1 tablespoon bacon grease
If you’re using fresh limas, shell them and set aside. Otherwise, measure one cup of frozen baby limas. Bring a small pot of salted water to a boil. Add the beans and cook over moderate heat, stirring occasionally, until just tender, about 5 minutes. Drain the hot water. Run cold water over them, and drain again. Set aside.

Heat olive oil in large skillet. If you’re adding crumbled bacon to your succotash, substitute 1 tablespoon bacon grease for 1 tablespoon of the olive oil; you’ll use 1 _ tablespoons olive oil in addition to the bacon grease. Add onion, cook over moderate heat, stirring, until just softened. Add garlic and cook for 1 minute more. Add tomatoes, corn, and vinegar and cook, stirring, until tomatoes just begin to lose their shape. Remove skillet from heat. Gently stir in cooked beans/ If using bacon, add half of it to the mixed vegetables and use the other half as a garnish. Cool to room temperature. Taste. Adjust seasonings, adding salt and freshly ground pepper to taste. If you’re making the non-vegetarian version, garnish with the remaining crumbled bacon.
This recipe includes fresh greens, a non-traditional ingredient. The traditional mix of corn and lima is very nutritious, but can be a bit heavy for modern tastes. Serving it over a bed of mixed baby or arugula greens, as suggested here, adds a little bit of lightness and another layer of flavor to the finished dish.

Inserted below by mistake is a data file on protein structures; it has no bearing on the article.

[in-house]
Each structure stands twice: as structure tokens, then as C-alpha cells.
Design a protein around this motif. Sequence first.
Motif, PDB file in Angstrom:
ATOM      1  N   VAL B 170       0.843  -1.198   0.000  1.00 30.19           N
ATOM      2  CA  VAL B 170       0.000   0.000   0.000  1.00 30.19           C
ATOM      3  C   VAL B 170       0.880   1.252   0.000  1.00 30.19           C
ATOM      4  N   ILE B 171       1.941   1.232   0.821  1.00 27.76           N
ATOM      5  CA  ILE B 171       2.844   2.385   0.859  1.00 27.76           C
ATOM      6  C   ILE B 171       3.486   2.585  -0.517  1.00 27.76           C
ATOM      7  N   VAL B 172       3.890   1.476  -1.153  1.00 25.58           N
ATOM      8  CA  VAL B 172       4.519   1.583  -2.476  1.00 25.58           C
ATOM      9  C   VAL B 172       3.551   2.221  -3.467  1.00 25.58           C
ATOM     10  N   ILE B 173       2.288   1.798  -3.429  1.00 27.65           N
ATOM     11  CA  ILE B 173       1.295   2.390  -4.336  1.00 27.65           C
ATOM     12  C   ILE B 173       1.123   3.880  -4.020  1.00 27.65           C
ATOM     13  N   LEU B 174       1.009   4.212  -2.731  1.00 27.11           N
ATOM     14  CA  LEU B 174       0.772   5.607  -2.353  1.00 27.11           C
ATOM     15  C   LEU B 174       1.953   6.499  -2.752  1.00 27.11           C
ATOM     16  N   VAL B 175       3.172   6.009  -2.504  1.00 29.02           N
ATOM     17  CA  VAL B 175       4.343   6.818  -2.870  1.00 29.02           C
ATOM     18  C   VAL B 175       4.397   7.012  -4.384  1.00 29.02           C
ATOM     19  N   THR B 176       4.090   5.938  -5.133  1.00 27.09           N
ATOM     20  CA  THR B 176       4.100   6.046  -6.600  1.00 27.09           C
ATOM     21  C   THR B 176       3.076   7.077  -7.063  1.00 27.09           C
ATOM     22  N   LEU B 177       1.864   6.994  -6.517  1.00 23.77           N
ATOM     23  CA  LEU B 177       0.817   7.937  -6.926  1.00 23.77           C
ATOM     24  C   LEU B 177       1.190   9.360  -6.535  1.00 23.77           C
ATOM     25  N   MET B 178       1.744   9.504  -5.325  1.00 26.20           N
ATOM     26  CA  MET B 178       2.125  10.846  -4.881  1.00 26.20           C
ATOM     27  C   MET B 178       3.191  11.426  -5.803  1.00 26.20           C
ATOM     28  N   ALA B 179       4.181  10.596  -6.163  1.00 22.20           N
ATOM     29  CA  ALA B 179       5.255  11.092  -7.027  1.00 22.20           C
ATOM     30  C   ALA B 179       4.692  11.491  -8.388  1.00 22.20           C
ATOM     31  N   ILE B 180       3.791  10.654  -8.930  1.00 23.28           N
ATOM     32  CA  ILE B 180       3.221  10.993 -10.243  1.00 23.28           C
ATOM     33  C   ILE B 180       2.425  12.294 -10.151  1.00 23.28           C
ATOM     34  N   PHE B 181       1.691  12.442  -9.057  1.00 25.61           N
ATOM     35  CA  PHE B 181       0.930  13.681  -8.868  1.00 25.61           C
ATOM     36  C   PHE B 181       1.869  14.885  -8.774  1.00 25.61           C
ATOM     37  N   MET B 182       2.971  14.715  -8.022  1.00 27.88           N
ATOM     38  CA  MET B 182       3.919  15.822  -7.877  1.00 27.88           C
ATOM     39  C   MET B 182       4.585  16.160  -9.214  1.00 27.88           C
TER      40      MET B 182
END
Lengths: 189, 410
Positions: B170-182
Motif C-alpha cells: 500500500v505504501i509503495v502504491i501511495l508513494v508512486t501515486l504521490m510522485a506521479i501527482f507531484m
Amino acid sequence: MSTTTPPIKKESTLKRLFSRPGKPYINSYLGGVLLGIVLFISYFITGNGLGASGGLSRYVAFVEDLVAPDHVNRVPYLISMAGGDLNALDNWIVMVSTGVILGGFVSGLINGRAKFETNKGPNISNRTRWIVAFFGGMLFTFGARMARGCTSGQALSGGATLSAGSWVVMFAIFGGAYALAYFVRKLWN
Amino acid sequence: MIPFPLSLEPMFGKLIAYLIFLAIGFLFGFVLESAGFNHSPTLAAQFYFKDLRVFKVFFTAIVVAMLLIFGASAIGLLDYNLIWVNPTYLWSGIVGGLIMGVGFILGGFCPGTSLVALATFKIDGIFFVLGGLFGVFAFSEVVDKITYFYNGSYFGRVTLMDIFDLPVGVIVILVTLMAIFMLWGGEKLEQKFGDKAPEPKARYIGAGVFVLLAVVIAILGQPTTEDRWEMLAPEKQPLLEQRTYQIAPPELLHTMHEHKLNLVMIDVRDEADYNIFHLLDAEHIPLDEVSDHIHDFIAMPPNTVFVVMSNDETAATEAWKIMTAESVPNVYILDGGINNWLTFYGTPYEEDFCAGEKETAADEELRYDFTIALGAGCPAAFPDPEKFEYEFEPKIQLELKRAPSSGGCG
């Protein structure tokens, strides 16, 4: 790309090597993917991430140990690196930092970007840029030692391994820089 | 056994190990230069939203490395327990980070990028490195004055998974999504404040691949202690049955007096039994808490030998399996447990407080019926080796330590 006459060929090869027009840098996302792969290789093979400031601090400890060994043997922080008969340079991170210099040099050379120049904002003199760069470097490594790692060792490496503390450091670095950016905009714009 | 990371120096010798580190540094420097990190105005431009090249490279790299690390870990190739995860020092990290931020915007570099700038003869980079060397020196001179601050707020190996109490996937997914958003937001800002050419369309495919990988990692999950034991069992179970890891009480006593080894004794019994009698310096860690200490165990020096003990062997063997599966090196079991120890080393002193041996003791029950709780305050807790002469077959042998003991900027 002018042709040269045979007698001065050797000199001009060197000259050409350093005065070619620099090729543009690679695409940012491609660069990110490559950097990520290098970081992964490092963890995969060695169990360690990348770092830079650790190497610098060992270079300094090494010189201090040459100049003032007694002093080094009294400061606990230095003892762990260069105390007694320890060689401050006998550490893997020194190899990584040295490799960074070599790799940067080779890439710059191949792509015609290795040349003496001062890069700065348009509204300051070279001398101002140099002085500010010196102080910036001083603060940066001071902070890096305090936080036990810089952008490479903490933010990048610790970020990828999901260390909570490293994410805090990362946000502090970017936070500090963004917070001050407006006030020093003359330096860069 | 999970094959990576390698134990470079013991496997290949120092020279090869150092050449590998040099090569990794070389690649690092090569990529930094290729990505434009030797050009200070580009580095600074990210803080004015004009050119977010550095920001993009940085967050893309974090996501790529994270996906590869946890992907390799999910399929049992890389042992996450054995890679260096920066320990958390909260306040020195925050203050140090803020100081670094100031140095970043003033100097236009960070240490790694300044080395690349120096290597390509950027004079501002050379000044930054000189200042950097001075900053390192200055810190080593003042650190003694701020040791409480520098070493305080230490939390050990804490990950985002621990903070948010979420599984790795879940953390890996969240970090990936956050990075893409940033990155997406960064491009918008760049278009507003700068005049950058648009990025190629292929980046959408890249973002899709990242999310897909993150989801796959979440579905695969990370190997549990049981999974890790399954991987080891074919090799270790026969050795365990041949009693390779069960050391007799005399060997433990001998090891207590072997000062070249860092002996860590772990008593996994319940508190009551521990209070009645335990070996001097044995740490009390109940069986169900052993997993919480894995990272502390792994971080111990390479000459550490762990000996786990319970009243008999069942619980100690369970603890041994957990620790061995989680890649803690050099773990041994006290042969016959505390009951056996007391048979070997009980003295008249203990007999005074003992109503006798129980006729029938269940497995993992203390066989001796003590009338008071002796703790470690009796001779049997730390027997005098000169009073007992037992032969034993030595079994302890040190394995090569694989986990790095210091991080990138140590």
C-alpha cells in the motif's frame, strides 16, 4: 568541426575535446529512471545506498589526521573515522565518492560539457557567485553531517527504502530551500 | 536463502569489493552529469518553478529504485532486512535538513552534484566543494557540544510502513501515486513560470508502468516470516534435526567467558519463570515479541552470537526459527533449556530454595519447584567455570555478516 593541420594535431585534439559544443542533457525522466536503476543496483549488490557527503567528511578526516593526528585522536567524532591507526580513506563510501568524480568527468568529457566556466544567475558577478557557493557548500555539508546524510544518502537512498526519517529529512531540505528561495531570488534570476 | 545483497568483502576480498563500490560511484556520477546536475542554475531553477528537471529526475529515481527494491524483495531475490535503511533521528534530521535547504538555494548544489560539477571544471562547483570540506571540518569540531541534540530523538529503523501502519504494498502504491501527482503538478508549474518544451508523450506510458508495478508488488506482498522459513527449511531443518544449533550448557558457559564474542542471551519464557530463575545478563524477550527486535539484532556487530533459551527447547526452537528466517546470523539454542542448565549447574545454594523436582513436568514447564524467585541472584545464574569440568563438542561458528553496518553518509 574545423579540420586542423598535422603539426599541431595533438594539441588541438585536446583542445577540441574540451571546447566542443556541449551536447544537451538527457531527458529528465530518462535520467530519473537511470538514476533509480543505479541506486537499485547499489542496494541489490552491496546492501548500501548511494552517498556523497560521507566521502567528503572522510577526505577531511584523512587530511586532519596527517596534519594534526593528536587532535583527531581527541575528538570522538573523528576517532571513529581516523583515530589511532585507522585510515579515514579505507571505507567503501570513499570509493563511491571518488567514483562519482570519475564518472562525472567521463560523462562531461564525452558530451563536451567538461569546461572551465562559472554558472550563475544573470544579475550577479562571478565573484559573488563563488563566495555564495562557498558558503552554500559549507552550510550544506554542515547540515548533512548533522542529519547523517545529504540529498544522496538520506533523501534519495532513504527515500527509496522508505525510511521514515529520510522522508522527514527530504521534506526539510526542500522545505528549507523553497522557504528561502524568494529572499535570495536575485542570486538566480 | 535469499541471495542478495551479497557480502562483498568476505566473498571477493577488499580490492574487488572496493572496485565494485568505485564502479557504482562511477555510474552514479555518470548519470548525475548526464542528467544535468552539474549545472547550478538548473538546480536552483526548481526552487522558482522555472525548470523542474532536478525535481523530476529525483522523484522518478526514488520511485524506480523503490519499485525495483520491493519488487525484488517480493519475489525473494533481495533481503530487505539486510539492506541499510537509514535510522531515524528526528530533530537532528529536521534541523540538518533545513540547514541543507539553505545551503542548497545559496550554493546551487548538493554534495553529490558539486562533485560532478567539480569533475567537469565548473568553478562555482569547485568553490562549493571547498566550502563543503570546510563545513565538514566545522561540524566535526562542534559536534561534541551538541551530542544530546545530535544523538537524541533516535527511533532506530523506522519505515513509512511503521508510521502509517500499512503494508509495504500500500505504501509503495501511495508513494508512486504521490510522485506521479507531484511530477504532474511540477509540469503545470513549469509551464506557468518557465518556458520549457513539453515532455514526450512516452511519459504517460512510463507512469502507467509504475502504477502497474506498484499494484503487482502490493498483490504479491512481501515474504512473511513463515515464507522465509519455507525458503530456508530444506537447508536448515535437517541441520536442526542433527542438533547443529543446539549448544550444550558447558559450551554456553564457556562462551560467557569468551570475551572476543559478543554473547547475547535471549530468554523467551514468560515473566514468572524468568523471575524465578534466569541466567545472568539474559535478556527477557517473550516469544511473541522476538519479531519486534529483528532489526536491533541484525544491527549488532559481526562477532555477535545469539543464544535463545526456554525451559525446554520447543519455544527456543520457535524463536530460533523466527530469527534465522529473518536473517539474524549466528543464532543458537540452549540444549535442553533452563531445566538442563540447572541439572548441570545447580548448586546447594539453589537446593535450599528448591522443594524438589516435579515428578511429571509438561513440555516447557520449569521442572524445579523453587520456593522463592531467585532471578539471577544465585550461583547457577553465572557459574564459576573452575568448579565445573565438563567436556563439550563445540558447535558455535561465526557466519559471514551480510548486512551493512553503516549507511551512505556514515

Southwest Succotash
(5 one-cup servings)
1 T canola or vegetable oil
2 c corn kernels
1/2 c. chopped onion
1 large red bell pepper, chopped
1 jalapeno, or other small hot pepper, seeded, membranes removed, diced
1 c green or yellow summer squash
2 cloves garlic, finely minced
1 T ground cumin
1/2 t black pepper
1 t salt
2 c. fresh or frozen lima beans,
1/2 c. water, vegetable stock or chicken stock
optional: 2 T cilantro, chopped

Add 1 T oil to large saute pan. Place over high heat. Add corn kernels, chopped peppers, and onion. Saute until the vegetables start to brown and caramelize, about 5 to 7 minutes. Add remaining oil, chopped squash and spices. Turn heat down to medium, and continue cooking for another 3 minutes. Remove from heat. Garnish with cilantro, if desired. You can spice this dish up or cool it down by your choice of chile pepper. Make sure to exercise caution when removing seeds and membranes, and dicing hot chile peppers. Some people use plastic gloves; everyone should wash their hands thoroughly after the peppers are minced.

The downtown Culver City Farmers Market is held on Tuesdays from 2 to 7 pm on Main Street between Venice and Culver Blvds. The Saturday market takes place from 7:30 a.m. to 1 pm in the northeast corner of the Westfield Culver City parking lot between Slauson and Hannum.

Katie Malich has never used the phrase “suffering succotash,” despite many hours of watching Sylvester the Cat on Looney Tunes cartoons. No succotash should be made to suffer, even the uninspired and starchy frozen medley once served by well-meaning parents and cafeteria cooks.